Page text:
Fairely Well Maid

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Thursday, March 31, 2011

Historical Socks

I found this pattern in the last edition of PieceWork magazine.  It is based on a pair of stockings they found in 1951, in a bog in Gunnister, Scotland.  They have dated the material to the 17th century.

These are the actual stockings.  They were repaired (not well) in several places and the bottom of the foot was a separate piece, obviously the original foot wore out.

As the pattern was written for a man, the foot measurement had to be altered to fit my smaller foot.  I also had to alter the thigh and calf measurements to fit my, rather heavy, leg.  This was a fascinating project because it is a reproduction of an actual historical garment.  The original was in a wool yarn that would have been comparable to what we call sport weight.  I used a cotton ( 75%) and poly (25%) fingering weight.  I swatched it to find a needle size, because the pattern was written for a size 1.  I ended up using a size 3.

I'm thrilled with how it came out.  There is a clock pattern on the sides of the ankle, the back seam is 14 st wide starting with a garter stitch (p1, then next row k1), 3 knit stitches, another garter stitch, 4 knit stitches, a garter stitch, 3 knit stitches and ending with a garter stitch.  It makes the decreases very neat.

Here is the clock pattern.
This is the back seam.

The color is a dove brown, the top picture is closer to the real color.  I had a lot of fun with this pattern, even if I did have to graft the toes using the Kitchner Stitch :).

Monday, March 14, 2011

Black Tatted Choker with Red Beads - Finished

I did decide that it needed something.  I had this necklace that I have never worn (don't remember where it came from).  I think it is just the thing.  I cannibalized the chain for the closure.  This will fit a 14" and up neck.

If you like this, click on my Artfire shop at the top.

Thursday, March 10, 2011

Tatted Choker with beading

My latest project is almost finished.  This one gave me the figits.  The first problem was the black cotton.  It is what is, in my opinion sarcastically, called "Lively" yarn.  In other words, it twists all to blazes.  Not too bad if you are working with, say, a sport weight yarn and knitting or crocheting it.  When it is a size 10 cotton string you are trying to tat.  Yikes!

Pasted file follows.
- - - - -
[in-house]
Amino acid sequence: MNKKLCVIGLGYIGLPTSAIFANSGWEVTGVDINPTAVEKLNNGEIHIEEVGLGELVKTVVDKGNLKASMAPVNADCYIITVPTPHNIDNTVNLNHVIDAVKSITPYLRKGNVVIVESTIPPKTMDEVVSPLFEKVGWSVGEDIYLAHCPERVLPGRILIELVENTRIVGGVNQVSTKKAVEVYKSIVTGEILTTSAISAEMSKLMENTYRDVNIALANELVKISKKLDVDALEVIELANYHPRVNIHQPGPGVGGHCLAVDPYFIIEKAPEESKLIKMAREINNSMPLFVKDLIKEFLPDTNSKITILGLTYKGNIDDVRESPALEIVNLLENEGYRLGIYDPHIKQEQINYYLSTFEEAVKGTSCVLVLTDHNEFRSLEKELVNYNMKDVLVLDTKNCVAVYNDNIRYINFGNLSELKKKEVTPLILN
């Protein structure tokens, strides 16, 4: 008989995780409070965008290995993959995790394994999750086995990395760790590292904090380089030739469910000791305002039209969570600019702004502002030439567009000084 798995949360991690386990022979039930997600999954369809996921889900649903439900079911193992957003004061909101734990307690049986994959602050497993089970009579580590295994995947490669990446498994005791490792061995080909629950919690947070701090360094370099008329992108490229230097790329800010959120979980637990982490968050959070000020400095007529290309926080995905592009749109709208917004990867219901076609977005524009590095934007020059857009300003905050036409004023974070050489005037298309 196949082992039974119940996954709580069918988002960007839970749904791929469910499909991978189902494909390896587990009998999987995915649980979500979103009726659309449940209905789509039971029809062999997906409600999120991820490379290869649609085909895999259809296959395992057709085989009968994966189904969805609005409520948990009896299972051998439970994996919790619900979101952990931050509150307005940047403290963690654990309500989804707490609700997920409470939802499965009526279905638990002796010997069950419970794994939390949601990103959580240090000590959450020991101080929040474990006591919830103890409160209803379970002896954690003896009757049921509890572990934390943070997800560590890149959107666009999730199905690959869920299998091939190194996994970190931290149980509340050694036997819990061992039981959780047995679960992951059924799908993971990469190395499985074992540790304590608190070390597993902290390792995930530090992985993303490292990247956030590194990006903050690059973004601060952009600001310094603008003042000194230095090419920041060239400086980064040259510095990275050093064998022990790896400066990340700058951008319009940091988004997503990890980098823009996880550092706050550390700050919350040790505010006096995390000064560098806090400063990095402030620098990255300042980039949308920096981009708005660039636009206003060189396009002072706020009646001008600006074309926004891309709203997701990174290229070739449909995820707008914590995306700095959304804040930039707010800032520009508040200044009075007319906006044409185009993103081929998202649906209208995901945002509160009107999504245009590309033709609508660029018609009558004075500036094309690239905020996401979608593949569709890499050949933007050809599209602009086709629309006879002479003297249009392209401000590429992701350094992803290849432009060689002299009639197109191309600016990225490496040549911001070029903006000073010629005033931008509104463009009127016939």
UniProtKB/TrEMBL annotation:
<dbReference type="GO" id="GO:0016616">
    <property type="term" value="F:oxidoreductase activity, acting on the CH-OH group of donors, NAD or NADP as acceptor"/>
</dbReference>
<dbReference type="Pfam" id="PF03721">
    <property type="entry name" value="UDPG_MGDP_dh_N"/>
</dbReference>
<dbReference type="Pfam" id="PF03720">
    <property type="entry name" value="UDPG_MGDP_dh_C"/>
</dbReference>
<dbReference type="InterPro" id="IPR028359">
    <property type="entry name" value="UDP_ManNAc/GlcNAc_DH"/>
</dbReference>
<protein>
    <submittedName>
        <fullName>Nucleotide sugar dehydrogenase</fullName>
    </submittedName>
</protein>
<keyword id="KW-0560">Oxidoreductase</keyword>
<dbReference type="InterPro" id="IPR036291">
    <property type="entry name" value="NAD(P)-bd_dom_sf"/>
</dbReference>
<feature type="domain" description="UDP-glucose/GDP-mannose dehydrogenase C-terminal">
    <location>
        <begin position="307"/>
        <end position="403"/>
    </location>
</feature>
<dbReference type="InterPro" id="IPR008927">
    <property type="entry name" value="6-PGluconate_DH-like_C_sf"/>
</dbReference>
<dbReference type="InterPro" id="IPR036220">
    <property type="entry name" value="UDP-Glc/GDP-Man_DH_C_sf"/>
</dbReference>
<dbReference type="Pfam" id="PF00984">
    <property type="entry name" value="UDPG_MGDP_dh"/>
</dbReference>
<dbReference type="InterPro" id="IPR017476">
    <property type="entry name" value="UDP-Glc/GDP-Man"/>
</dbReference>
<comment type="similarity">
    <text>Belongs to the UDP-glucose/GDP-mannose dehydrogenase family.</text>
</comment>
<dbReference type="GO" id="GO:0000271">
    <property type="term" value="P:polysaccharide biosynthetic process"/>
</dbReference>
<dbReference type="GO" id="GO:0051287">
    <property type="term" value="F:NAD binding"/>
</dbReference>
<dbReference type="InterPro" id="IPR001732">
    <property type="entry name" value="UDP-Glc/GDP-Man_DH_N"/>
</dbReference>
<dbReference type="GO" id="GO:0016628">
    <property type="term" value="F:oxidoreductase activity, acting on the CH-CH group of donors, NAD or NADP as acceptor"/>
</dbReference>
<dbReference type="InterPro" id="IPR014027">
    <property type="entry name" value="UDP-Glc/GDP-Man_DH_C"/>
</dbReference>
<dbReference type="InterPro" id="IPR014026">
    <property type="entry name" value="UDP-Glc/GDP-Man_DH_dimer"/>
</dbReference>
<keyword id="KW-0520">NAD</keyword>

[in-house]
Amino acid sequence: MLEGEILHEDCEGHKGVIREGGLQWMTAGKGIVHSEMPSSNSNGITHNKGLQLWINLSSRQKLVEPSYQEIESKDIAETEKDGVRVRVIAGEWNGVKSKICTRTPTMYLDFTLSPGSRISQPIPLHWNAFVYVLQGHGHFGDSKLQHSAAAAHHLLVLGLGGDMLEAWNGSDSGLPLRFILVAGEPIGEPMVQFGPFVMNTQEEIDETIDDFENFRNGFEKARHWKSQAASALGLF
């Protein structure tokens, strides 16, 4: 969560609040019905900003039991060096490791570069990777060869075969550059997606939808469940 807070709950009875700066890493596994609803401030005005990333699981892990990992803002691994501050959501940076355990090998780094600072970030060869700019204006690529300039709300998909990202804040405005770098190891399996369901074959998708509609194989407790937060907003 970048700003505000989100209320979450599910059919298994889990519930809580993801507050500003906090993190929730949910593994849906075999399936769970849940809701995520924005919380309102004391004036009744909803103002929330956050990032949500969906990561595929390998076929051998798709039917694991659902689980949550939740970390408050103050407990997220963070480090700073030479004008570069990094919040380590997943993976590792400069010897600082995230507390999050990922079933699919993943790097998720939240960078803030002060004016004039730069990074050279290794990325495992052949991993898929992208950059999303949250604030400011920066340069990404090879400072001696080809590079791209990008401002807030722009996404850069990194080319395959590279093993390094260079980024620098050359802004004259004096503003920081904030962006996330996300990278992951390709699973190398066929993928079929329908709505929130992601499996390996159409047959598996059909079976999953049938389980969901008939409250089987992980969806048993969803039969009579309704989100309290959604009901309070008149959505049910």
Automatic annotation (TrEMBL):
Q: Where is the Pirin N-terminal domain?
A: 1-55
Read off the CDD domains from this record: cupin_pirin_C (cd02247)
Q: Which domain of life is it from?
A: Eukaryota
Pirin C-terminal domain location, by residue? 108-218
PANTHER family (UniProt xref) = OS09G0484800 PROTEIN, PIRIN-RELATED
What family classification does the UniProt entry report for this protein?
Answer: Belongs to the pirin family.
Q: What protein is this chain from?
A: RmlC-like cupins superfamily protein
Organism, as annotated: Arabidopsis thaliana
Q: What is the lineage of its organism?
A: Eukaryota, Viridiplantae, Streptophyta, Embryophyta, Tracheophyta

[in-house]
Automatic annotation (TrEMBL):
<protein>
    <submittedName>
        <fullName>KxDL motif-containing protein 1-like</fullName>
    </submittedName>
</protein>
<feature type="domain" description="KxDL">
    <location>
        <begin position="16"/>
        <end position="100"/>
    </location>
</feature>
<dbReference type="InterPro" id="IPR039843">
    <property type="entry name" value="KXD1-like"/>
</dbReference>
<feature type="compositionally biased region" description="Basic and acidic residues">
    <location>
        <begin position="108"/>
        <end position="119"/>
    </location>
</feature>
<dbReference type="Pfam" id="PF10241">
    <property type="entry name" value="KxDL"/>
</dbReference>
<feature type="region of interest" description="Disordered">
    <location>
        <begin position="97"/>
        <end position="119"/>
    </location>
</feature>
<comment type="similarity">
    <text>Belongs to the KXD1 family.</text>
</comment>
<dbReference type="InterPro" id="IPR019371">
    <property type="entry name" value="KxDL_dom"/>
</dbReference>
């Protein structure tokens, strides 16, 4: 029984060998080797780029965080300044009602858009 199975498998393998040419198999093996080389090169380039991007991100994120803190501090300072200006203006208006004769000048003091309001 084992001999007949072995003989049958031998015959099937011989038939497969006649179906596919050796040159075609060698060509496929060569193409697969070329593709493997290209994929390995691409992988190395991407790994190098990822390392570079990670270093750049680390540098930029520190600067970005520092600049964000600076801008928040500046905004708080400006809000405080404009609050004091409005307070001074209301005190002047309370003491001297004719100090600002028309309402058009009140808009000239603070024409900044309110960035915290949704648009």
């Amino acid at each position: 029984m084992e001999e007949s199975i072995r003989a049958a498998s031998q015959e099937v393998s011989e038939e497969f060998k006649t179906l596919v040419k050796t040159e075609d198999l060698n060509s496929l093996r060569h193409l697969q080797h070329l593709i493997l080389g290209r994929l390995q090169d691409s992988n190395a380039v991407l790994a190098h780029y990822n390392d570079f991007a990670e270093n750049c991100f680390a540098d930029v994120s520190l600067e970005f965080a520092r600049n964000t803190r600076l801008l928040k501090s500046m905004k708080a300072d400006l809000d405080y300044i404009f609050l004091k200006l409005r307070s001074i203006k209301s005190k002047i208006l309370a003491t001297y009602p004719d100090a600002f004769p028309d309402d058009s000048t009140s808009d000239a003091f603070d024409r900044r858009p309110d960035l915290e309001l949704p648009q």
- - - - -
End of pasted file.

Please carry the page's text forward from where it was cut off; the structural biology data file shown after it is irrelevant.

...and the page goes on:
Second problem is that I haven't tatted with beads before, so, I was working on the assumption that stringing the beads on the ball and using that to create the chains.  This is what you do when you are crocheting with beads.  Not so easy, at least for me.  I found that stringing the beads on another shuttle and using the two shuttle method is easier, for me.

OK.  I learned a lot with this one.  I really enjoy the outcome.  Here is the band.  I need to add a pendant or something else.  Plus a way to clasp it.

Friday, March 4, 2011

Tatting Shuttles - Product Review

When I first saw these shuttles, I was excited.  For anyone who does Tatting they know how annoying loading a shuttle can be.  They "click" and it is sometimes hard to hold onto them.  These shuttles have a removable bobbin that makes it, in theory, easier to load.  At about $5.00 easier is nice.

Well, not so much.  Here is the problem.  In order to remove the bobbin you have to flip up these two little tabs on the reverse side.  After slipping and poking myself with various implements, including a pair of needle point tweezers, I was finally able to bend them up with a seam ripper.  Filling the bobbin, putting it back and bending down the tabs is easy.

Here is the other problem.  Because it is thin metal the bending back and forth weakens the tabs.  After only three uses one of the tabs has snapped off.  I'm not happy with this because, well, I expected it to last longer.  It is still usable with one tab, but how long will that last?

It handles OK and I like having the little hook at the top to join picots, but I will not buy them again.  Even though they were only about $5.00 a piece, I want them to last a bit longer without breaking.

Here are my favorite shuttles.  They are Clover plastic tatting shuttles.  Although they are a bit "clicky" to load, they handle very well.  I have had these for over a year and no breaking.  They are small and light and come in a variety of colors (usually two to a pack).  At about $4.00 a pack I am very happy with them.  I bought the top one because I wanted one that looked like cow horn.  This is a bit more period look for me if I'm going to bring them to a Renaissance Faire or Re-enactment (the bright pink and blue (not pictured) just doesn't look right).

These are the ones I will go to again and again.

I also own a beautiful bone shuttle.  It will not work with the size 10 thread I am currently using but feels so wonderfully smooth and silky in my hand that I use it whenever possible.  I would definitely buy another one.

This one was about $18.00.  A bit pricey, but I really love working with it.

This is a silver filigree.  It is larger than all my others and the metal edges can be a bit cutting on the thread. I like working with it, but it's larger size can make it awkward at times.

This one was about $20.00.  I would probably now buy this one again.  I don't "love" it enough to spend that kind of money when there are the Clover plastic that I like better for a fifth of the price.

If you have a favorite Shuttle I would love to hear about it and why you love it.

Thursday, March 3, 2011

Pirate Socks - Part 3 - Finished

My Pirate socks are finished.  I added a bit of Stretchtite to the top to help keep them up.  I am very proud of them.